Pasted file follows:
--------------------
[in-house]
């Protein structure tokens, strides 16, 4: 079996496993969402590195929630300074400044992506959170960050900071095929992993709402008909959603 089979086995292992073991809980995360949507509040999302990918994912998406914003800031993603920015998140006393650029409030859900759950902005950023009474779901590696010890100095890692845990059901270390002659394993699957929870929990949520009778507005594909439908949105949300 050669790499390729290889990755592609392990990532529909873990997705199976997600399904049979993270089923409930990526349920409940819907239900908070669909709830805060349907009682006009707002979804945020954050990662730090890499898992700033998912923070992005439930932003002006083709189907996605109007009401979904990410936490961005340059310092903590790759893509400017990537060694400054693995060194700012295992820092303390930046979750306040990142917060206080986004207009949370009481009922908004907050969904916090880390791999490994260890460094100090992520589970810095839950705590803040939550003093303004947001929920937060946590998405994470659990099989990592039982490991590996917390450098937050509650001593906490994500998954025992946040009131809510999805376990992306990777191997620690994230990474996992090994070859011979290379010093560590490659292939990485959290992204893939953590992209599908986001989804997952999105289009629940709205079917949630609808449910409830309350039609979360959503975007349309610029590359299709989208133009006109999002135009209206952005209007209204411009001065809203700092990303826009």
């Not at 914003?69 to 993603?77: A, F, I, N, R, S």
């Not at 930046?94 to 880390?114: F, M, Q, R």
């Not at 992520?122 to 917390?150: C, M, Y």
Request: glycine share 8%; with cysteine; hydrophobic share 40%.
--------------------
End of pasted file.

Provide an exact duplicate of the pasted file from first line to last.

[in-house]
């Protein structure tokens, strides 16, 4: 079996496993969402590195929630300074400044992506959170960050900071095929992993709402008909959603 089979086995292992073991809980995360949507509040999302990918994912998406914003800031993603920015998140006393650029409030859900759950902005950023009474779901590696010890100095890692845990059901270390002659394993699957929870929990949520009778507005594909439908949105949300 050669790499390729290889990755592609392990990532529909873990997705199976997600399904049979993270089923409930990526349920409940819907239900908070669909709830805060349907009682006009707002979804945020954050990662730090890499898992700033998912923070992005439930932003002006083709189907996605109007009401979904990410936490961005340059310092903590790759893509400017990537060694400054693995060194700012295992820092303390930046979750306040990142917060206080986004207009949370009481009922908004907050969904916090880390791999490994260890460094100090992520589970810095839950705590803040939550003093303004947001929920937060946590998405994470659990099989990592039982490991590996917390450098937050509650001593906490994500998954025992946040009131809510999805376990992306990777191997620690994230990474996992090994070859011979290379010093560590490659292939990485959290992204893939953590992209599908986001989804997952999105289009629940709205079917949630609808449910409830309350039609979360959503975007349309610029590359299709989208133009006109999002135009209206952005209007209204411009001065809203700092990303826009």
């Not at 914003?69 to 993603?77: A, F, I, N, R, S």
């Not at 930046?94 to 880390?114: F, M, Q, R």
């Not at 992520?122 to 917390?150: C, M, Y």
Request: glycine share 8%; with cysteine; hydrophobic share 40%.